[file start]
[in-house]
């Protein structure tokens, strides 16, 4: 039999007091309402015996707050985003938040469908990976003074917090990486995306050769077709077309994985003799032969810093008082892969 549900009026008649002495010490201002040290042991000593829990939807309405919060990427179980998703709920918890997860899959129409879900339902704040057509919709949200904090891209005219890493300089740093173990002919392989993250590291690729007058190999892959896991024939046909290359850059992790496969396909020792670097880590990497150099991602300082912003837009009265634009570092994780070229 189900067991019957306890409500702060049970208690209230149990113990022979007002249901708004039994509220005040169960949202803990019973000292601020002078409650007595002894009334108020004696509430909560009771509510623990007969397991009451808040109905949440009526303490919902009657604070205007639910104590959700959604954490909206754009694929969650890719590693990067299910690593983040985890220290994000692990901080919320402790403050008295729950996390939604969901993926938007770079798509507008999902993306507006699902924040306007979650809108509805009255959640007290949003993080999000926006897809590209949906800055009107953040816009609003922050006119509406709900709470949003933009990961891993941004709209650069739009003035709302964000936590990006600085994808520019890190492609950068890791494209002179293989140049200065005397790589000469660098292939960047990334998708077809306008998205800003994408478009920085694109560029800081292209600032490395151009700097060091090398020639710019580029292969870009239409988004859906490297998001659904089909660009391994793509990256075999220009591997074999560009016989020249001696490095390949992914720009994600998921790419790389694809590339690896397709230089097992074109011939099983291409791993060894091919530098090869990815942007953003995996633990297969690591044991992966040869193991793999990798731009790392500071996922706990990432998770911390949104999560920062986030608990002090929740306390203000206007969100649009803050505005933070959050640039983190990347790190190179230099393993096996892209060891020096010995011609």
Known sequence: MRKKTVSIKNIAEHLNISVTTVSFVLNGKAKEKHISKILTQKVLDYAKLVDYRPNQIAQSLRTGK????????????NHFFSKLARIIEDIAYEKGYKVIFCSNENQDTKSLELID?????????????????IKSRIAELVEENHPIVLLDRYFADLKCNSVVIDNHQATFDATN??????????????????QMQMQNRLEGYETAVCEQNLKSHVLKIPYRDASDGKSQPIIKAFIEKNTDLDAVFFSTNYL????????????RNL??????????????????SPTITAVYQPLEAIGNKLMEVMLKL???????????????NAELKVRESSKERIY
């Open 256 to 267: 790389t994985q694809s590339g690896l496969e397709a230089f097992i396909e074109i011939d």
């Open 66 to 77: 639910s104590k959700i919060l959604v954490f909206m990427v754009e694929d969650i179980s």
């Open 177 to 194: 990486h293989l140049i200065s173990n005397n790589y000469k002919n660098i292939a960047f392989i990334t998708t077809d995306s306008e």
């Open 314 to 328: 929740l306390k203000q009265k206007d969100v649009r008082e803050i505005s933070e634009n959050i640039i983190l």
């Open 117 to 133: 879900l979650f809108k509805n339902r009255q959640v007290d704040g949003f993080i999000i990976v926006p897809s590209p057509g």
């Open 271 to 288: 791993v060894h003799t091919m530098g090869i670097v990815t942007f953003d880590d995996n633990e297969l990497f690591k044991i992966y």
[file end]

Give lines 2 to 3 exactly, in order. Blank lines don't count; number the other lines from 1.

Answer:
């Protein structure tokens, strides 16, 4: 039999007091309402015996707050985003938040469908990976003074917090990486995306050769077709077309994985003799032969810093008082892969 549900009026008649002495010490201002040290042991000593829990939807309405919060990427179980998703709920918890997860899959129409879900339902704040057509919709949200904090891209005219890493300089740093173990002919392989993250590291690729007058190999892959896991024939046909290359850059992790496969396909020792670097880590990497150099991602300082912003837009009265634009570092994780070229 189900067991019957306890409500702060049970208690209230149990113990022979007002249901708004039994509220005040169960949202803990019973000292601020002078409650007595002894009334108020004696509430909560009771509510623990007969397991009451808040109905949440009526303490919902009657604070205007639910104590959700959604954490909206754009694929969650890719590693990067299910690593983040985890220290994000692990901080919320402790403050008295729950996390939604969901993926938007770079798509507008999902993306507006699902924040306007979650809108509805009255959640007290949003993080999000926006897809590209949906800055009107953040816009609003922050006119509406709900709470949003933009990961891993941004709209650069739009003035709302964000936590990006600085994808520019890190492609950068890791494209002179293989140049200065005397790589000469660098292939960047990334998708077809306008998205800003994408478009920085694109560029800081292209600032490395151009700097060091090398020639710019580029292969870009239409988004859906490297998001659904089909660009391994793509990256075999220009591997074999560009016989020249001696490095390949992914720009994600998921790419790389694809590339690896397709230089097992074109011939099983291409791993060894091919530098090869990815942007953003995996633990297969690591044991992966040869193991793999990798731009790392500071996922706990990432998770911390949104999560920062986030608990002090929740306390203000206007969100649009803050505005933070959050640039983190990347790190190179230099393993096996892209060891020096010995011609």
Known sequence: MRKKTVSIKNIAEHLNISVTTVSFVLNGKAKEKHISKILTQKVLDYAKLVDYRPNQIAQSLRTGK????????????NHFFSKLARIIEDIAYEKGYKVIFCSNENQDTKSLELID?????????????????IKSRIAELVEENHPIVLLDRYFADLKCNSVVIDNHQATFDATN??????????????????QMQMQNRLEGYETAVCEQNLKSHVLKIPYRDASDGKSQPIIKAFIEKNTDLDAVFFSTNYL????????????RNL??????????????????SPTITAVYQPLEAIGNKLMEVMLKL???????????????NAELKVRESSKERIY